Considered to be "Woody Allen's breakthrough movie" (Time), Annie Hall won* four OscarsÂ(r), including Best Picture, and established Allen as the premier auteur filmmaker. Thought by many critics to be Allen's magnum opus, Annie Hall confirmed that he had, "completed the journey from comic to humorist, from comedy writer to wit [and] from inventive moviemaker to creative artist" (Saturday Review). Alvy Singer (Allen) is one of Manhattan's most brilliant comedians, but when it comes to romance, his delivery needs a little work. Introduced byhis best friend, Rob (Tony Roberts), Alvy falls in love with the ditzy but delightful nightclub singer, Annie Hall (Diane Keaton). When his own insecurities sabotage the affair, Annie is forced to leave Alvy for a new lifeand lover (Paul Simon)in Los Angeles. Knowing he may have lost Annie forever, Alvy's willing to go to any lengthseven driving L.A.'s freewaysto recapture the only thing that ever mattered'true love. *1977: Picture; Actress (Keaton); Director; Original Screenplay
is one of the truest, most bittersweet romances on film. In it, Allen plays a thinly disguised version of himself: Alvy Singer, a successful--if neurotic--television comedian living in Manhattan. Annie (the wholesomely luminous Dianne Keaton) is a Midwestern transplant who dabbles in photography and sings in small clubs. When the two meet, the sparks are immediate--if repressed. Alone in her apartment for the first time, Alvy and Annie navigate a minefield of self-conscious "is-this-person-someone-I'd-want-to-get-involved-with?" conversation. As they speak, subtitles flash their unspoken thoughts: the likes of "I'm not smart enough for him" and "I sound like a jerk." Despite all their caution, they connect, and we're swept up in the flush of their new romance. Allen's antic sensibility shines here in a series of flashbacks to Alvy's childhood, growing up, quite literally, under a rumbling roller coaster. His boisterous Jewish family's dinner table shares a split screen with the WASP-y Hall's tight-lipped holiday table, one Alvy has joined for the first time. His position as outsider is uncontestable he looks down the table and sizes up Annie's "Grammy Hall" as "a classic Jew-hater."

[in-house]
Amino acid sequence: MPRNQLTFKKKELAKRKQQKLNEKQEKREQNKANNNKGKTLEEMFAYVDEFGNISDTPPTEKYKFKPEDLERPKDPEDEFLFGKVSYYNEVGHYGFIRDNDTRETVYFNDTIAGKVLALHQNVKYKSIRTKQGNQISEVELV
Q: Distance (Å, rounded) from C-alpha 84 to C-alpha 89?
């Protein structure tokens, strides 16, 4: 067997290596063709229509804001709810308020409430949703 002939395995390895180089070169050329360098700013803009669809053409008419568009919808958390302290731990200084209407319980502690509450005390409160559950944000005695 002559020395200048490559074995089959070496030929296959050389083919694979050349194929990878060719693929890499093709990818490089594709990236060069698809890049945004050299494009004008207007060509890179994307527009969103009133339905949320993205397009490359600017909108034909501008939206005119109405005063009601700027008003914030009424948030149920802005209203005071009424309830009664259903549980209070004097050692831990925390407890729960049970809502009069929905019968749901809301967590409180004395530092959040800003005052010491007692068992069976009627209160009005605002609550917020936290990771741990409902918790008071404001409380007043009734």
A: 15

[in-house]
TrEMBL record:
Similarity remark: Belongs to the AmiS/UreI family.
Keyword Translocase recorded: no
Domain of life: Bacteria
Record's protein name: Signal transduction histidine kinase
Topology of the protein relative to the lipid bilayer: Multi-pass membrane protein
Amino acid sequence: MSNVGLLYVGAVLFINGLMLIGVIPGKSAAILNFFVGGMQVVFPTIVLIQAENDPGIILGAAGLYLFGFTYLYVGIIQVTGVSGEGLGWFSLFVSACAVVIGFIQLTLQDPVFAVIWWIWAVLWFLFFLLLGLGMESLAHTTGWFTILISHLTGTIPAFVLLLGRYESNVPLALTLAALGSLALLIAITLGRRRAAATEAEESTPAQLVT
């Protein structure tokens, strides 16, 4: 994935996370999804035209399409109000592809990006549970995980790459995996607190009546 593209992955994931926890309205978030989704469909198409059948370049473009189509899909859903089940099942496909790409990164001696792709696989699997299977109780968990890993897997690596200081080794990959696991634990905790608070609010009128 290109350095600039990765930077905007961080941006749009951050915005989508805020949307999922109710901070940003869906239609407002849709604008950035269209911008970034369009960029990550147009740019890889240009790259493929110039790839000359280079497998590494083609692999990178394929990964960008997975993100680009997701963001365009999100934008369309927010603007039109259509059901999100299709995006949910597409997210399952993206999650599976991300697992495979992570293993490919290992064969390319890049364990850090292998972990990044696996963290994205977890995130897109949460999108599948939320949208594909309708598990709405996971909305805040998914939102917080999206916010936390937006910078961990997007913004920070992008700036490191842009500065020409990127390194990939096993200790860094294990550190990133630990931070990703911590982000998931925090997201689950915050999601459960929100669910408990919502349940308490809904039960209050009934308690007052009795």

The relationship arcs, as does Annie's growing desire for independence. It quickly becomes clear that the two are on separate tracks, as what was once endearing becomes annoying. Annie Hall embraces Allen's central themes--his love affair with New York (and hatred of Los Angeles), how impossible relationships are, and his fear of death. But their balance is just right, the chemistry between Allen's worry-wart Alvy and Keaton's gangly, loopy Annie is one of the screen's best pairings. It couldn't be more engaging. --Susan Benson